THE world's refugee population is estimated at nearly 20 million. More are added daily by conflicts in the Balkans, Tajikistan, and elsewhere. Events move fast, but for the people whose lives have been interrupted by war and economic devastation, time often comes to a standstill. All the daily rhythms that had helped sustain them are gone.
The interruption can go on for years, even decades.
The people caught in the grim time machine of refugee camps have been on Judy Mayotte's mind since 1985, when she began working with Cambodian refugees who had settled in New York. She was then a member of the Maryknoll Sisters, an American Roman Catholic order dedicated to serving the poor abroad, and her goal was to join one of the order's overseas missions.
That goal underwent some transformation. Poor health kept her in the United States. But her interest in refugees grew. She left the order in 1986 and deepened her research into the conditions endured by refugees.
She soon settled on the way she could best help them. As she puts it, "Not going overseas had made me realize how important the education and advocacy role is right here." She had experience both as an educator and a television producer (she won an Emmy for the TV series "Portrait of America," produced by Ted Turner's WTBS). She knew how to organize complex information into a form the public could grasp. In 1989, she won a grant from the John D. and Catherine T. MacArthur Foundation to research the lives
and histories of long-term refugees.
For the next two years, Ms. Mayotte spent nearly all her time in the Cambodian refugee camps on the Thai border, in the tent cities of displaced Afghans in northern Pakistan, and in the southern Sudan, where thousands of Eritreans fled during Ethiopia's civil war.
Mayotte soon came to know the refugees as people, not statistics. Through the help of the International Rescue Committee (its head, Robert DeVecchi, asked IRC overseas staffers to aid Mayotte in any way they could), she quickly got a grasp of life in the camps. In nearly all cases, people welcomed her, often inviting her into their tent "homes" to share a meal or a time-honored tradition, such as an Eritrean coffee ceremony.
Did she have any special way of establishing rapport? "I think I can draw out from people what's best in them because I believe in them," she said in a Monitor interview here.
Last year Mayotte's book, "Disposable People? The Plight of Refugees" (Orbis Books), was published. But the book is only one facet of her current work. She gives dozens of talks each month and has testified before congressional committees and other public bodies ("I love it," she says). She also is starting a program to teach schoolchildren about the problems facing refugees.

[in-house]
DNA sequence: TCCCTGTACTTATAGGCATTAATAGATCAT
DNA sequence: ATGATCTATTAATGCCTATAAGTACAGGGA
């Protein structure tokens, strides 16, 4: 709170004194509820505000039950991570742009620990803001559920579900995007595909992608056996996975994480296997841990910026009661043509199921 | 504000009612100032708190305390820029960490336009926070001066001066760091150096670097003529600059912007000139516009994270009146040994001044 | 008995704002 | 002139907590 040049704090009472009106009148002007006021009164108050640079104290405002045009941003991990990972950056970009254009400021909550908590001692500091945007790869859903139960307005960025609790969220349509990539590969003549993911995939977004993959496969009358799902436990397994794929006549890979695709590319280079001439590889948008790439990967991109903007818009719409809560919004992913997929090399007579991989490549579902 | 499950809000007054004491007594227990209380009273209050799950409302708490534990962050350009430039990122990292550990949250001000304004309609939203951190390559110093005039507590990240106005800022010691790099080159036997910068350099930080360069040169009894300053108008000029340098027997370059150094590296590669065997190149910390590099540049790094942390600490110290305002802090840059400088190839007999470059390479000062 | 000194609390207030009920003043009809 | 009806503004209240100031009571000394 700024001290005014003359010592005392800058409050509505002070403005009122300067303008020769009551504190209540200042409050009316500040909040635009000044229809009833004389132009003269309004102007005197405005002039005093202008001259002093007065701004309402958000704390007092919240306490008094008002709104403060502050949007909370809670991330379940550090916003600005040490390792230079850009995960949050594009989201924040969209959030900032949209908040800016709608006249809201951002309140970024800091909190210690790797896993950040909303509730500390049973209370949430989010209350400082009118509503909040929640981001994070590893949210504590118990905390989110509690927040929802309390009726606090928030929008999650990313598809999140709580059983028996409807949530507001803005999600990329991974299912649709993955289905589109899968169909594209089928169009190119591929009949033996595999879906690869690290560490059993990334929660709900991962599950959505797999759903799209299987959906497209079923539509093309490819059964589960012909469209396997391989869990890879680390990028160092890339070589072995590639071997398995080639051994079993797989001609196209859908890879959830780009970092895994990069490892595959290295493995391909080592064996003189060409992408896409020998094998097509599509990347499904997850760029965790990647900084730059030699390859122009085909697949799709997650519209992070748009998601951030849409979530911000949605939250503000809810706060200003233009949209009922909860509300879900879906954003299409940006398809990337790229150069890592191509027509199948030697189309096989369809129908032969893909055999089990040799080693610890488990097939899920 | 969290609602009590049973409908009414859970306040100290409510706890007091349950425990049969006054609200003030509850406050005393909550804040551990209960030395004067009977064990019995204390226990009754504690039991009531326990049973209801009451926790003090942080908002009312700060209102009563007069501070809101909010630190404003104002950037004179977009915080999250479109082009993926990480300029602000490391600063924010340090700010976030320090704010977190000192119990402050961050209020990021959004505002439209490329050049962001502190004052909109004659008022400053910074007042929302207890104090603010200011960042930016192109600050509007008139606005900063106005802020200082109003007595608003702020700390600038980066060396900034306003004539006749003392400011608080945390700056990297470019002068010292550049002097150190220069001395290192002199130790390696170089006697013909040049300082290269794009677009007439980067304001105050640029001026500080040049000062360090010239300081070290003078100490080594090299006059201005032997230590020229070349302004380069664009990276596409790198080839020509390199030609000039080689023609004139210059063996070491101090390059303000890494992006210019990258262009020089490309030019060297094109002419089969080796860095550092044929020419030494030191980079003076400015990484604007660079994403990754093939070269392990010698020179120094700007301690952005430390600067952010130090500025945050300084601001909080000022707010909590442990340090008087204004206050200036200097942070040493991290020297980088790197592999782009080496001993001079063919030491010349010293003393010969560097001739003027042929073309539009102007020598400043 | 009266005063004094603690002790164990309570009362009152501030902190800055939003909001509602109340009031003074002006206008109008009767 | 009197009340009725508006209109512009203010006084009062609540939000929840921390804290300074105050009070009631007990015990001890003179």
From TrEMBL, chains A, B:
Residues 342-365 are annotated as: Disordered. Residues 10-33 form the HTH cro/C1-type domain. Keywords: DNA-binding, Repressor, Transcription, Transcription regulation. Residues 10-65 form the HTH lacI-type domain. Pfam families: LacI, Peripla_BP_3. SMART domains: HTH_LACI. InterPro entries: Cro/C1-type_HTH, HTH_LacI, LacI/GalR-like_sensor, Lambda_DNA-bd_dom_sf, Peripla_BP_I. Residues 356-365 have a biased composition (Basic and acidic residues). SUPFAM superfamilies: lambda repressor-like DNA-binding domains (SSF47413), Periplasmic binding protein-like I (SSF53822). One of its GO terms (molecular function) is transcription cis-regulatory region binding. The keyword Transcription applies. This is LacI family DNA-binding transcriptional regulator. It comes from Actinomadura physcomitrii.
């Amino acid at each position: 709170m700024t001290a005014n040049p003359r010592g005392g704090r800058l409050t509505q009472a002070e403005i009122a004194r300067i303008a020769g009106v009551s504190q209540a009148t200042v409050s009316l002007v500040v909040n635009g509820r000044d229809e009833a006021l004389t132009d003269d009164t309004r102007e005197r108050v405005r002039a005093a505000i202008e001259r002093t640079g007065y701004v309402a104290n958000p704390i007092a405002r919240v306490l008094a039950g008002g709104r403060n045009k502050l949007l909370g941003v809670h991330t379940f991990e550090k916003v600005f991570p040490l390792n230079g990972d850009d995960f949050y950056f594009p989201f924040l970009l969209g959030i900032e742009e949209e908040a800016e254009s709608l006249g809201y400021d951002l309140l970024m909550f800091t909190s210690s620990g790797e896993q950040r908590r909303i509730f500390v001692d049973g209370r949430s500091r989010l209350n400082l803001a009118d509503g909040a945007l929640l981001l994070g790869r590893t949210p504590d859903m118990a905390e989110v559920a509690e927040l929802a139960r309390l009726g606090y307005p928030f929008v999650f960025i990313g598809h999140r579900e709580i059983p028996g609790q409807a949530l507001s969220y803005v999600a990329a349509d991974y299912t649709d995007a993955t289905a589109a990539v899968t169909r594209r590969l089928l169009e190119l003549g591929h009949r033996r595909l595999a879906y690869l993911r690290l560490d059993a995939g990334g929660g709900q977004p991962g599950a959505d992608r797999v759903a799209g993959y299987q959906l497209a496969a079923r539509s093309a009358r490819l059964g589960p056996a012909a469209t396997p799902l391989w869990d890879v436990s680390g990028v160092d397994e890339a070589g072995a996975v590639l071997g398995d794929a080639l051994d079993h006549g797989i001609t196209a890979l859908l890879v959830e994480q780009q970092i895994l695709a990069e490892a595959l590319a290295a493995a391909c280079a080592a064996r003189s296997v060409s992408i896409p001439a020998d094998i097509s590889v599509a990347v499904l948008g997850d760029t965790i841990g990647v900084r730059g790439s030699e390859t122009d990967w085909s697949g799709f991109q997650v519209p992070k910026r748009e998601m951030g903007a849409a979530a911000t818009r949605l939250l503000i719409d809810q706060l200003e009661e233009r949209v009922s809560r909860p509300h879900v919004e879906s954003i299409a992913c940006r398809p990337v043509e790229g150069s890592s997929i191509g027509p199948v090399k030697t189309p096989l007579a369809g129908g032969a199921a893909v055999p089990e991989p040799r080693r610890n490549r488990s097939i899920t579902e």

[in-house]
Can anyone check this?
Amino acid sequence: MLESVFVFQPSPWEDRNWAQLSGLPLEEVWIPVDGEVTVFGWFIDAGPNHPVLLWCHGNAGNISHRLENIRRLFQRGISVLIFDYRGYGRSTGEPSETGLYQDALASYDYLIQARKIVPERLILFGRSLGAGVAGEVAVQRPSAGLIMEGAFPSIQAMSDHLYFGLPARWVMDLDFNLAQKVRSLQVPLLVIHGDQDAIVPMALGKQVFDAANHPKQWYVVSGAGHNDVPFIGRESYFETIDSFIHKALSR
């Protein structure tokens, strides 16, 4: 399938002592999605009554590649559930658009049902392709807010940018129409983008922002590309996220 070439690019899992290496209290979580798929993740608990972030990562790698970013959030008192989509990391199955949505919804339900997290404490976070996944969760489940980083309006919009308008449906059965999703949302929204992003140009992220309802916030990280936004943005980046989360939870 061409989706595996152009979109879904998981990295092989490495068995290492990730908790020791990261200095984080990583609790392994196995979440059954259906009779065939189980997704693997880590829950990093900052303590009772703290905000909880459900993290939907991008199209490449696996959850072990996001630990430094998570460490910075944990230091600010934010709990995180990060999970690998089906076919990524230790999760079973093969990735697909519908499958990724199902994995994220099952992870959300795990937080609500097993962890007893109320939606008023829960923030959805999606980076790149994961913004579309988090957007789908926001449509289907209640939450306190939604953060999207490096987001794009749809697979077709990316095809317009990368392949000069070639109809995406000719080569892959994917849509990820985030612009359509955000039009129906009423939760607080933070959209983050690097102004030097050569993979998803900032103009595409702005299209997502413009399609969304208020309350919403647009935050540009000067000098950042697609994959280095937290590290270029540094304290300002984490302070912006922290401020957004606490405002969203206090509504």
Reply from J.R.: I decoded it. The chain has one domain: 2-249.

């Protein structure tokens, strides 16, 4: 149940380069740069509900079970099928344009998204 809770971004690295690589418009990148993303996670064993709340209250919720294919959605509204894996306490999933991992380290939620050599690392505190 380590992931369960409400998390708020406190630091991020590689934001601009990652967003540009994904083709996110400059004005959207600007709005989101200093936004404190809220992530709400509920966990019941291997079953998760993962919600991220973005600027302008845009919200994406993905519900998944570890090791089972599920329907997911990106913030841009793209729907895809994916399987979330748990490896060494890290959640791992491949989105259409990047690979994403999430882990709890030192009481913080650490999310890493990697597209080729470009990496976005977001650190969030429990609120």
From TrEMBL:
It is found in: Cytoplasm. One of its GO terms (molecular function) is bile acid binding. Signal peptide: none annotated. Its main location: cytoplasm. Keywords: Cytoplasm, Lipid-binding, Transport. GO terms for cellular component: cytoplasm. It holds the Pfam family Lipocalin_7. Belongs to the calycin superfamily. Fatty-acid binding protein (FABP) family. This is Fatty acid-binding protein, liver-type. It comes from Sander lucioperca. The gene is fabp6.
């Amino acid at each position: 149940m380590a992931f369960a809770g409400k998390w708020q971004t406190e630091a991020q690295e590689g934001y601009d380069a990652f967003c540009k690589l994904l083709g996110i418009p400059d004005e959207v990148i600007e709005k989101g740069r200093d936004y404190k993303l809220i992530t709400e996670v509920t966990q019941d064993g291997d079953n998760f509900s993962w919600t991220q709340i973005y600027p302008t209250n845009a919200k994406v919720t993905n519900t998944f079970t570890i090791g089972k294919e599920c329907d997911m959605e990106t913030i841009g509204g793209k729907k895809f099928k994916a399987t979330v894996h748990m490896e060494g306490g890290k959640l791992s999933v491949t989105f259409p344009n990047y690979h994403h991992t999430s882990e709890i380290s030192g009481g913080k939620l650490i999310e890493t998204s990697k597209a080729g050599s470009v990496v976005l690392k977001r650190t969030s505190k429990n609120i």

The classroom effort will be teamed with a new television series Mayotte hopes to launch. Curriculum materials will spin off from the series. Her message for young children, she says, is the same one she give adults: We must take responsibility for one another. "We can't focus just on us," Mayotte urges. "The world is so interdependent that we have to think of others' well-being in terms of our own best interests."
Americans' response to this message is generally positive, she says. "When people are made aware, they want to do something." While that "something" now may be a private donation to a refugee agency, public response also has to move toward the policymaking arena, she says.
Others in the refugee-aid field hope Mayotte's work will have a big impact. "Judy has a wonderful ability to capture the human beings she sat with and ate with," says Virginia Hamilton, assistant director of the US Committee for Refugees, an advocacy group based in Washington. "She not only gives historical record and research to the refugee problem, but a personal face, too - which is so often missing." That should connect with the public, says Ms. Hamilton, and it makes Mayotte's work particularly suit ed to the classroom.
For all the goodwill she has found, Mayotte worries that "compassion fatigue" may harden people to the needs of refugees, especially as the media "discovers" new crises in places like Sudan and Mozambique. She appreciates the impact of TV coverage in illustrating urgent needs, but laments that often the needs are publicized very late in the game, as in Somalia and Bosnia.
The peoples whose stories are told in Mayotte's book have experienced the full cycle of civil war, exodus, sojourn in another country, and return. Returning, Mayotte notes, can be nearly as grueling as flight. Cambodia's peace process teeters as the Khmer Rouge thwarts the United Nations plan; warring factions in Afghanistan have virtually partitioned the country. Eritrea is a little more hopeful, though the country's independence and viability is far from settled. "The Eritreans have the will and the te nacity, if they can get the resources," says Mayotte.
The world is at a "threshold," in her view, where nations can choose to strengthen the UN mechanisms for anticipating and responding to the conflicts that generate great flows of displaced people. The alternative is to allow the stories told in Mayotte's book to be retold time and again.